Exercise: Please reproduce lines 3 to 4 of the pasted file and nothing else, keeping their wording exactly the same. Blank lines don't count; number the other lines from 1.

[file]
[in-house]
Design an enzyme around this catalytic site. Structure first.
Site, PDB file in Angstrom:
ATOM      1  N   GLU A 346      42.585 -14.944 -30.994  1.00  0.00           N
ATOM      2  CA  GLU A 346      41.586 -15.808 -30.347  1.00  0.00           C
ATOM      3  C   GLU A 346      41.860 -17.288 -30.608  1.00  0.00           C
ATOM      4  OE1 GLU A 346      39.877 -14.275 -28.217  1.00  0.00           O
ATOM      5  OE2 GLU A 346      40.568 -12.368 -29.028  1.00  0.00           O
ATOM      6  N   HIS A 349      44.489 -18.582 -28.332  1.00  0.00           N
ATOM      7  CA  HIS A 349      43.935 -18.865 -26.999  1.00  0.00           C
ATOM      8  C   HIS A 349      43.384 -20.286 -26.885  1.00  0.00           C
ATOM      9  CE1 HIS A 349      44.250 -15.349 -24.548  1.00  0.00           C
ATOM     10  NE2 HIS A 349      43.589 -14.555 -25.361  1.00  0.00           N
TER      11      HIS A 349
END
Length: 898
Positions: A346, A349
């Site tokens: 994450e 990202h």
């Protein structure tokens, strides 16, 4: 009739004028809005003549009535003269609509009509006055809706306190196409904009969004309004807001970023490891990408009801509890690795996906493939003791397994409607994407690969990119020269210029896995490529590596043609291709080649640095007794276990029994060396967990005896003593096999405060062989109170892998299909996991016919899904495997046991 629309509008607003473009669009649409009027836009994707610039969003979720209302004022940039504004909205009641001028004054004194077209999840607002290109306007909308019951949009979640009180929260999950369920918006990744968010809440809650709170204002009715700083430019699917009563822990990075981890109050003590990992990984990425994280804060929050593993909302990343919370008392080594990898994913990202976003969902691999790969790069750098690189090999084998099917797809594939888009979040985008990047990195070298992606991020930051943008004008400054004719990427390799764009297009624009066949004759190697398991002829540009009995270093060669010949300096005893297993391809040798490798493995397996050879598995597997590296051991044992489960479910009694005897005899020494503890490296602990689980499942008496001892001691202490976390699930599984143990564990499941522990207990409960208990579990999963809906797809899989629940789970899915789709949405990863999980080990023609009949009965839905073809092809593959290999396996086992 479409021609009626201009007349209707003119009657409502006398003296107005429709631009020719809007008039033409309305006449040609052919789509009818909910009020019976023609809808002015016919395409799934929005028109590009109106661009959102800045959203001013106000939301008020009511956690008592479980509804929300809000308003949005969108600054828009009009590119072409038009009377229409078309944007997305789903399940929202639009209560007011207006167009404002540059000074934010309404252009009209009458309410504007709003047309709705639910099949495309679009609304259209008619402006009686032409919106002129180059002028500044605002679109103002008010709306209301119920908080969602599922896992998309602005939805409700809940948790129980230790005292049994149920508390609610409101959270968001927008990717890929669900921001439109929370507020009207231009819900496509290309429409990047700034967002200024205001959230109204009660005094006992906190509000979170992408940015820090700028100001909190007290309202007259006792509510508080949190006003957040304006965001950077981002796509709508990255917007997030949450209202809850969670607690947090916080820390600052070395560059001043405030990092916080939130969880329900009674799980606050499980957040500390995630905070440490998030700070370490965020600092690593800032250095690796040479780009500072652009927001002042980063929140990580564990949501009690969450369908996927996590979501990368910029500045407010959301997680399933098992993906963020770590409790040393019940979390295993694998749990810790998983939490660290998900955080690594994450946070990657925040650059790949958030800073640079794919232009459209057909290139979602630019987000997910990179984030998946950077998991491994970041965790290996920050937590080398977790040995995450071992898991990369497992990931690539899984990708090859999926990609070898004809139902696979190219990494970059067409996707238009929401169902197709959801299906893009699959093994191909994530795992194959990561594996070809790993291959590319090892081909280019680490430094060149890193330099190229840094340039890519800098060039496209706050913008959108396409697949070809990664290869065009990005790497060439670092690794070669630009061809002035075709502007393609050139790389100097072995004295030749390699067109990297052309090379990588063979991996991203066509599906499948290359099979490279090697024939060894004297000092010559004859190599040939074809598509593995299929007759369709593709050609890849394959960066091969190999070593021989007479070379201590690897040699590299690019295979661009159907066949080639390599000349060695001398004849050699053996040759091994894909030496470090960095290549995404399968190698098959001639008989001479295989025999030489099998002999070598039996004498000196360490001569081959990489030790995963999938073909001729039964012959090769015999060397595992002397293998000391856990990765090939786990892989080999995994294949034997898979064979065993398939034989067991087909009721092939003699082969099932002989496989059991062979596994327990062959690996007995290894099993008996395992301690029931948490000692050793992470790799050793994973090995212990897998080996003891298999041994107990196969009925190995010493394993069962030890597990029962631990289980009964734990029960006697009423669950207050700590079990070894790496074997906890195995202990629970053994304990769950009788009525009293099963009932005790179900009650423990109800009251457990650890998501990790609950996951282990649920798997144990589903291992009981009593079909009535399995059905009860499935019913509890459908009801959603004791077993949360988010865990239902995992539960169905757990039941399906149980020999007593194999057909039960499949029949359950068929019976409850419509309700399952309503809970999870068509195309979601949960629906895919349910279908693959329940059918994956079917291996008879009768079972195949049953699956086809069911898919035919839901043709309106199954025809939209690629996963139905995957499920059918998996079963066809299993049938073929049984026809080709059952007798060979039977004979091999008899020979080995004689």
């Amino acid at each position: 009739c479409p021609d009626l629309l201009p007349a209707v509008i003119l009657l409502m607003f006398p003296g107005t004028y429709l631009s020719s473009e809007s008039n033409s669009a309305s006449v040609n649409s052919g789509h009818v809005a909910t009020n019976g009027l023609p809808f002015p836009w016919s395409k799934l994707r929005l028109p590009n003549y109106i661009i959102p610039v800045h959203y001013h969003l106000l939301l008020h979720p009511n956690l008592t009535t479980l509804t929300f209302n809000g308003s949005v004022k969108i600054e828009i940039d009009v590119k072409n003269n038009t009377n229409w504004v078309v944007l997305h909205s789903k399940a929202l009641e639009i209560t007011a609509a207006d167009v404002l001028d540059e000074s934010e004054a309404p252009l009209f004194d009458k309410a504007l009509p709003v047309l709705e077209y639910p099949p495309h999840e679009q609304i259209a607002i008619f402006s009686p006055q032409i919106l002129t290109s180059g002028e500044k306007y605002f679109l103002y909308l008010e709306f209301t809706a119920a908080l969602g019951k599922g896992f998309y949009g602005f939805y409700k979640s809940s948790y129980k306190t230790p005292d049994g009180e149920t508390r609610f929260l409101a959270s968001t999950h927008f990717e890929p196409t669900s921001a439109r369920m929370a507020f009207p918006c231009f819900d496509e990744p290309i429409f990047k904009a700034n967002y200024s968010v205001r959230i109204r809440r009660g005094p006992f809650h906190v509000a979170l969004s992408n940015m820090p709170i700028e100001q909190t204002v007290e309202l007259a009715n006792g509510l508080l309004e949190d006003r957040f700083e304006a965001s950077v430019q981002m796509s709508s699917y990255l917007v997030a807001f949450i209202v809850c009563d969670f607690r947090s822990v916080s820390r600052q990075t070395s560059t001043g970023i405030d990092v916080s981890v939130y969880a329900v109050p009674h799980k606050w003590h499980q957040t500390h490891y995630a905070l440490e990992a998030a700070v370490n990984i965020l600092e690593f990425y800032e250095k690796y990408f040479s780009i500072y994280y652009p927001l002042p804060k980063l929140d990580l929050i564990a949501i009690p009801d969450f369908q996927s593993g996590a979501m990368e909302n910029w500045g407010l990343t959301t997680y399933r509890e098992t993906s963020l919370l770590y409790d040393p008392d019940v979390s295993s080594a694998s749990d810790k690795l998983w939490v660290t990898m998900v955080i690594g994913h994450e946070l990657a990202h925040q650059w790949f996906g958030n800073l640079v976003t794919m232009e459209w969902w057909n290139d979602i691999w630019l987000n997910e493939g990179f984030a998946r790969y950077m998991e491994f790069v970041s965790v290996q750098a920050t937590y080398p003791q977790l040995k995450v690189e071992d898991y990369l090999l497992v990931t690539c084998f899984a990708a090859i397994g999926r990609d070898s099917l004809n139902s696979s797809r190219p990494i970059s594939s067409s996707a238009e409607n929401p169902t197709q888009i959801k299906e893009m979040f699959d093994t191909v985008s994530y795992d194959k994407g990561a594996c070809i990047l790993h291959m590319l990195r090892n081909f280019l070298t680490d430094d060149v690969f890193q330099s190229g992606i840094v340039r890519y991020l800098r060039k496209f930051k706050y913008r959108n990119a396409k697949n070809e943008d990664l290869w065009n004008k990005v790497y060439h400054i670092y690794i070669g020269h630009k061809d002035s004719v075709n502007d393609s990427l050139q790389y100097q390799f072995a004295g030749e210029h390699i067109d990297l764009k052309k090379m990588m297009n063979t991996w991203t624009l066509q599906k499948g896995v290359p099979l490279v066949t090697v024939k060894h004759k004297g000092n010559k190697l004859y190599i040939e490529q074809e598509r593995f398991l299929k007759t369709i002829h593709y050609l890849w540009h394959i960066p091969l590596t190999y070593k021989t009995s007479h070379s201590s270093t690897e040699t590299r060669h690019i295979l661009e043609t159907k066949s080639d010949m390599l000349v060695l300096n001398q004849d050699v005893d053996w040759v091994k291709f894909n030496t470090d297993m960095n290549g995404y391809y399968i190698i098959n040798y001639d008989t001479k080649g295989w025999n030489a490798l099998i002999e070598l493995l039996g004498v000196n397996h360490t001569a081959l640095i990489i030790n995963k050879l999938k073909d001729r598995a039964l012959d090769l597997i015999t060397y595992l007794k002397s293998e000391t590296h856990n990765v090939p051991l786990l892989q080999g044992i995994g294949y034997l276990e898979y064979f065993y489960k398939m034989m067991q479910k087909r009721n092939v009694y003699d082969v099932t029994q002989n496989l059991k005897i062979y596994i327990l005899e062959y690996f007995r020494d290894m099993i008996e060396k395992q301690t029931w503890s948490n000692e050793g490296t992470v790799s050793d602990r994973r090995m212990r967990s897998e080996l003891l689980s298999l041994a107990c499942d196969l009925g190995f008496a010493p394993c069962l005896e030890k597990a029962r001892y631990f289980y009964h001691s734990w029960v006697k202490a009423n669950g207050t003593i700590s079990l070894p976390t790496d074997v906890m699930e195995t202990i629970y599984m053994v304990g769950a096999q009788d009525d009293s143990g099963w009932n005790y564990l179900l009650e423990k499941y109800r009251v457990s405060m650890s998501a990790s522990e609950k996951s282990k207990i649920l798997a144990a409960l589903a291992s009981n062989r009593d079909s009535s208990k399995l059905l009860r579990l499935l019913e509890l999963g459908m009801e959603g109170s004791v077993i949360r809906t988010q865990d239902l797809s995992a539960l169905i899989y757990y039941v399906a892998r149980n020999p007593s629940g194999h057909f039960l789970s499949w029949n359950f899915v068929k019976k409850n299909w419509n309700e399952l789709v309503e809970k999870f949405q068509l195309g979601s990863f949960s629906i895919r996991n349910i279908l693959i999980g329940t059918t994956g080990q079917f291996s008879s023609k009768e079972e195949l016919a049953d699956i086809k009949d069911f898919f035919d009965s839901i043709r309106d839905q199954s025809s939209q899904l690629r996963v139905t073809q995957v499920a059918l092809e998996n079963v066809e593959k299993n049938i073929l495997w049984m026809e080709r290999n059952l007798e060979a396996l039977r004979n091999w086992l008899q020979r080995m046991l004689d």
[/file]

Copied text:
Site, PDB file in Angstrom:
ATOM      1  N   GLU A 346      42.585 -14.944 -30.994  1.00  0.00           N